Every business regularly, often visibly, experiences ethical failures. Whether due to lapses of judgment or willful fraud, these events can have legal, financial, reputational, or even existential impact. Consultants and their clients share ethical responsibilities of which they may not even be aware.
Fraud in the US economy has nearly reached a trillion dollars annually. Even in nonprofits, where one might assume the absence of a profit motive would result in minimal fraud, the Nonprofit and Voluntary Sector Quarterly (2008) reports nonprofit fraud amounted to $40 billion, or 13% of total philanthropic giving. Certified Fraud Examiner work shows that the median loss per nonprofit fraud occurrence is $100,000. As a trusted advisor, part of your job is to support and promote trust in your client by its stakeholders.
What does this say about the ability of your client to engender the trust of their funders, stakeholders, employees and the public? Are efforts to improve strategy, operations and culture helping or hurting the ethical culture and conduct of your client? What is the role of consultants – either as the sources or solutions of ethical failures? Why is there so little discussion about this?
Ethics is a complex issue. I won’t address the well-trod paths of internal controls, reporting mechanisms, billing processes, employee orientation, compensation packages, lax leadership and governance, theft prevention or compromised confidential information. What I will cover is a huge potential liability but rarely discussed: the impact of external consultants on the ethical culture and practices of the client organization itself.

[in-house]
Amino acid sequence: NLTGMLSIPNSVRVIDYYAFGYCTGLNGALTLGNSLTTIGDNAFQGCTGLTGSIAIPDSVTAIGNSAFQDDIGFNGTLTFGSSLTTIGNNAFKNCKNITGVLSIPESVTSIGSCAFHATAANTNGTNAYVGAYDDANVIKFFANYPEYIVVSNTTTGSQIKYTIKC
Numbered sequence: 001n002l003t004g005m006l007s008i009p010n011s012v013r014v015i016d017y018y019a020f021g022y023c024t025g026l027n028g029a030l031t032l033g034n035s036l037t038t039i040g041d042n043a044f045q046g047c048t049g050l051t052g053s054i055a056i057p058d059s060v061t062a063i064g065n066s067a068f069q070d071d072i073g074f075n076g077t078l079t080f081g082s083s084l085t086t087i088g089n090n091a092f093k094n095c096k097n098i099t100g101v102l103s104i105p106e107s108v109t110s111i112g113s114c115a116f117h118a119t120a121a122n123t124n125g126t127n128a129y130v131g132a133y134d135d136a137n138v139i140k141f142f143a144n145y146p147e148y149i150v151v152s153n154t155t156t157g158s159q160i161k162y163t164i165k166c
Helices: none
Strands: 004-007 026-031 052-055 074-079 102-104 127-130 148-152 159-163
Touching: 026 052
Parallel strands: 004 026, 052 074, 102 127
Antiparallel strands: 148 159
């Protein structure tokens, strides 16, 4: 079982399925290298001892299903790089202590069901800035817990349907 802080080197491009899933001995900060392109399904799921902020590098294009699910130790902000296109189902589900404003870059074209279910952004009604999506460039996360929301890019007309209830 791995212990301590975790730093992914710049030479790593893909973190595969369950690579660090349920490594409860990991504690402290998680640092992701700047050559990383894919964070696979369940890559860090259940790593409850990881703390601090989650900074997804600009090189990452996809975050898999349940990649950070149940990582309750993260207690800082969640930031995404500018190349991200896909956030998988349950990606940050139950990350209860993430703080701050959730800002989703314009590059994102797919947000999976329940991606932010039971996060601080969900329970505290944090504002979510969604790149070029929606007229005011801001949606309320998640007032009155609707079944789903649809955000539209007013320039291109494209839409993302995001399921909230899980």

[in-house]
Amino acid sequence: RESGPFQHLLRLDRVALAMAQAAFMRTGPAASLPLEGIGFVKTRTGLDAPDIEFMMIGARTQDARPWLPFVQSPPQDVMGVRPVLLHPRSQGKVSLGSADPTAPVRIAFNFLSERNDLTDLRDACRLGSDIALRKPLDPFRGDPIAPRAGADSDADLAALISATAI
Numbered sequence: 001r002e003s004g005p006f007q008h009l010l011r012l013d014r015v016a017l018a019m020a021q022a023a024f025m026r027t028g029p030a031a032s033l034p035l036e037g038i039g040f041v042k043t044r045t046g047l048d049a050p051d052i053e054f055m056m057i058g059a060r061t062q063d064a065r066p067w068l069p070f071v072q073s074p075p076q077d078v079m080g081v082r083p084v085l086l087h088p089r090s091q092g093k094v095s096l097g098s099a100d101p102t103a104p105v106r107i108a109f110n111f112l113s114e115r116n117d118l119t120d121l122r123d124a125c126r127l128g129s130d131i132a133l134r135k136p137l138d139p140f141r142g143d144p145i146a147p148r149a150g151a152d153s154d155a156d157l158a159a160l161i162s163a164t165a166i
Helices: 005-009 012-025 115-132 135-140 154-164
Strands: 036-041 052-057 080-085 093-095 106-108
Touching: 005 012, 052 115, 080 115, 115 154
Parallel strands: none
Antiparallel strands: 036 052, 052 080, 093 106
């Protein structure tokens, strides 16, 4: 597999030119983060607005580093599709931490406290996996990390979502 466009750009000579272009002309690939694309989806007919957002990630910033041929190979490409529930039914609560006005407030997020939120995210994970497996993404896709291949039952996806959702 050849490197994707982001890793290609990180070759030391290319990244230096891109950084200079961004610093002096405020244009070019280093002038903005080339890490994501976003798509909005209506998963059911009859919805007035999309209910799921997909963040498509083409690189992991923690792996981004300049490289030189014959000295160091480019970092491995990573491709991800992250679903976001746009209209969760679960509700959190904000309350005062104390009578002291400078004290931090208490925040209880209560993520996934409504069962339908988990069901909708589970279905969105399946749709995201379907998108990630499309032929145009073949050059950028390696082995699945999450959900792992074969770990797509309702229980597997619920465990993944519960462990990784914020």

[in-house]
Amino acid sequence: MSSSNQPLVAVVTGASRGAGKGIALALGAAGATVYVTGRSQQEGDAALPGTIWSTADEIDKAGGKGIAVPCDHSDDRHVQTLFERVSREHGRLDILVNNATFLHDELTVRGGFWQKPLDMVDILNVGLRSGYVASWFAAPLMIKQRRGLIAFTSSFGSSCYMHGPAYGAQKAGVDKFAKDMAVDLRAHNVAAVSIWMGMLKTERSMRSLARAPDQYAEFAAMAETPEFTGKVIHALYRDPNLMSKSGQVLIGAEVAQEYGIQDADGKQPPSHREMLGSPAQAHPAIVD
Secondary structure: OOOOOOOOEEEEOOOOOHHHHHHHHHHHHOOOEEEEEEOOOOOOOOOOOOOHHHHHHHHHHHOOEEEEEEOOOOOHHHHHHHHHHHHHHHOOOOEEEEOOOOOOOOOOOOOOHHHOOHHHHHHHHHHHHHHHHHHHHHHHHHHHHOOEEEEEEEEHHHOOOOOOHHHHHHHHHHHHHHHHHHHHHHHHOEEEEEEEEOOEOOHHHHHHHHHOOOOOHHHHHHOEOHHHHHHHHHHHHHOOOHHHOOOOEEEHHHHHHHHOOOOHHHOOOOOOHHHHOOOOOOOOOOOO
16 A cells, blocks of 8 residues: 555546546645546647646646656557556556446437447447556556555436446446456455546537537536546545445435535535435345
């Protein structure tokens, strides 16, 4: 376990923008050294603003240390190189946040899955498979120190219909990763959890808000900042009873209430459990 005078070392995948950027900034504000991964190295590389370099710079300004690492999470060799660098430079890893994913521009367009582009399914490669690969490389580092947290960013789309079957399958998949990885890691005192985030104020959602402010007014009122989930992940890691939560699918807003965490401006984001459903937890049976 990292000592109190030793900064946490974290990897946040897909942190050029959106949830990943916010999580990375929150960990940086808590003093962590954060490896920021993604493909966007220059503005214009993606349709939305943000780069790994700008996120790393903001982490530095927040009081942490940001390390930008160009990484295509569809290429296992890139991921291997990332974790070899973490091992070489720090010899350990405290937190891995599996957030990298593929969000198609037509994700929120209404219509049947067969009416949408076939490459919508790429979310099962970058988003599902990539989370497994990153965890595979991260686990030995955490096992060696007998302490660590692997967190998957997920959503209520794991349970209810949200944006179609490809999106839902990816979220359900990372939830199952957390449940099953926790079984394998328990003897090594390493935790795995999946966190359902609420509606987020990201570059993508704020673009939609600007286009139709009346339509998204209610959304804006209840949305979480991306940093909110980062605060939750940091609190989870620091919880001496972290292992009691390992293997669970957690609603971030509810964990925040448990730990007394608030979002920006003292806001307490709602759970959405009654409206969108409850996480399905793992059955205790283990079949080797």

Consultants’ value derives from their independence, objectivity and expertise. Management consulting is a trust business. With respect to ethics, this can go two ways (1) consultants themselves can compromise ethics, or (2) consultants create and strengthen ethics.
First, consultants are given implicit authority and credibility by being asked to help solve a problem or opportunity. Ethical lapses in client organizations are multiplied when consultants themselves have conflicts of interest, compromise standards or misrepresent their capabilities. Technically competent but ethically compromised advice may be worse than incompetent but ethical advice. Recent consulting firm malfeasance includes kickbacks for recommendations, insider trading, plagiarism, improper payments, false claims, restatement of earnings, and misrepresentation of capabilities. While no one wants to admit hiring an unethical consultant, these actions represent significant third party risk to a client, which can ill-afford to leave ethics out of their consultant management process.
Second, instead of creating ethical problems, consultants who are committed to ethical practices can create or significant strengthen a client’s ethical culture and practices. Management consultants often can see a whole organization because they are given broad access to information, people and activities. Their independence and objectivity, combined with a commitment to observe and practice strong ethics, lets them see the implications of existing or imminent ethical failures and mitigate them. Organizations that retain consultants with a solid understanding and capacity for ethical practices in management are a powerful resource to increase trust among constituents.
Managers are well-advised to spend as much time discussing the ethical roles and responsibilities in a consulting assignment as they do on technical capabilities and processes. The highest value consultants should be able to differentiate between consulting and management ethics, detect and address both obvious and subtle fraud and be bound to an independent Code of Ethics and enforcement (i.e., consultants who “monitor their own” ethical behavior have, by definition, a conflict of interest).
Both clients and consultants live or die by their reputation and trust others place in them. The ethical impact on the culture and practices of the client organization should be at the top of the list for selecting and effectively using consultants. Developing a strong ethics capability should be at the top of the list for a consultant’s professional development.